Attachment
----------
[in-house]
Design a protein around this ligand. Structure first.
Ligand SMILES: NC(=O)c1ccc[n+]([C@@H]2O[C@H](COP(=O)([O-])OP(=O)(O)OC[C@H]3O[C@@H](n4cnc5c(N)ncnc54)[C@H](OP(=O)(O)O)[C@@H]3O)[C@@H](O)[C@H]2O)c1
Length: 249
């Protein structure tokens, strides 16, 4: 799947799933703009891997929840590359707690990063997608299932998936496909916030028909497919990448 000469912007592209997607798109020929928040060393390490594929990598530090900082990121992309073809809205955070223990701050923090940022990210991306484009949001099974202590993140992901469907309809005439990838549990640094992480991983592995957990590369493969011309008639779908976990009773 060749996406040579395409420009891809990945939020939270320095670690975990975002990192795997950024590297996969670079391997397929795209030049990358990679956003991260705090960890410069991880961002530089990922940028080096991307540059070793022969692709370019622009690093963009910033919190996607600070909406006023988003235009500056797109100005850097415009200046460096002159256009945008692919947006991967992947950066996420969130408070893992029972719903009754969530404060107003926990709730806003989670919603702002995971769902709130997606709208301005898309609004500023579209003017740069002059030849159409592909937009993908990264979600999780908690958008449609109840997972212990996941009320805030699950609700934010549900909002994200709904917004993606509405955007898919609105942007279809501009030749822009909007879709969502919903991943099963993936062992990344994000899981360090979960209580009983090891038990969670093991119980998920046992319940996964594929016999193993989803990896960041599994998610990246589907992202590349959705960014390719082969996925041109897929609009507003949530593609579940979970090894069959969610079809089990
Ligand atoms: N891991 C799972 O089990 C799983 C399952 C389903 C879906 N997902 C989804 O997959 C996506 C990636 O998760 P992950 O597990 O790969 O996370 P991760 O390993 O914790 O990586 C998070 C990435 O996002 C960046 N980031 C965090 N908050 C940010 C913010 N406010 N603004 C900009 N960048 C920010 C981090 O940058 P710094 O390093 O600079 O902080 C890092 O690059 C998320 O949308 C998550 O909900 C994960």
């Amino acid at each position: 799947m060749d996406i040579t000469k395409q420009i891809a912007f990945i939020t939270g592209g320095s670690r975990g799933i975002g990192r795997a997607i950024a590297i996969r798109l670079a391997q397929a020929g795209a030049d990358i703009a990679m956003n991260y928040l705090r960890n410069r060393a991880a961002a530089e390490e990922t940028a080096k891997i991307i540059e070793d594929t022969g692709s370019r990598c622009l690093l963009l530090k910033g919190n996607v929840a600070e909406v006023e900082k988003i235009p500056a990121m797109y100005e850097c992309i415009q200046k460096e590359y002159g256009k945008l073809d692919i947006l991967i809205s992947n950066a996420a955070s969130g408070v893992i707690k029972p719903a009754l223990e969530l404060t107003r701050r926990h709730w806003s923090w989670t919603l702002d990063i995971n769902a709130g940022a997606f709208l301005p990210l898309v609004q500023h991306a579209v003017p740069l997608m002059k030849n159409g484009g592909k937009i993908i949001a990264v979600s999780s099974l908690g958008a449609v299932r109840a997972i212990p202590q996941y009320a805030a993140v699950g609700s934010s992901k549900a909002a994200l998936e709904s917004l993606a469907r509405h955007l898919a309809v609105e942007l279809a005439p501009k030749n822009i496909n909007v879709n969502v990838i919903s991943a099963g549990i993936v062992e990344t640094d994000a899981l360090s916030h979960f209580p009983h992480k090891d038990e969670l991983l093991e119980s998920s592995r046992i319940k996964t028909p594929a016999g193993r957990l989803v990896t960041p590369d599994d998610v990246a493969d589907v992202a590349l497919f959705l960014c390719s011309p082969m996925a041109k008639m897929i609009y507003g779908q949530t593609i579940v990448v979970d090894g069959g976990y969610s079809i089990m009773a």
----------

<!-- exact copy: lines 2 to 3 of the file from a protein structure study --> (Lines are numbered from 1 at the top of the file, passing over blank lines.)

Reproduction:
Design a protein around this ligand. Structure first.
Ligand SMILES: NC(=O)c1ccc[n+]([C@@H]2O[C@H](COP(=O)([O-])OP(=O)(O)OC[C@H]3O[C@@H](n4cnc5c(N)ncnc54)[C@H](OP(=O)(O)O)[C@@H]3O)[C@@H](O)[C@H]2O)c1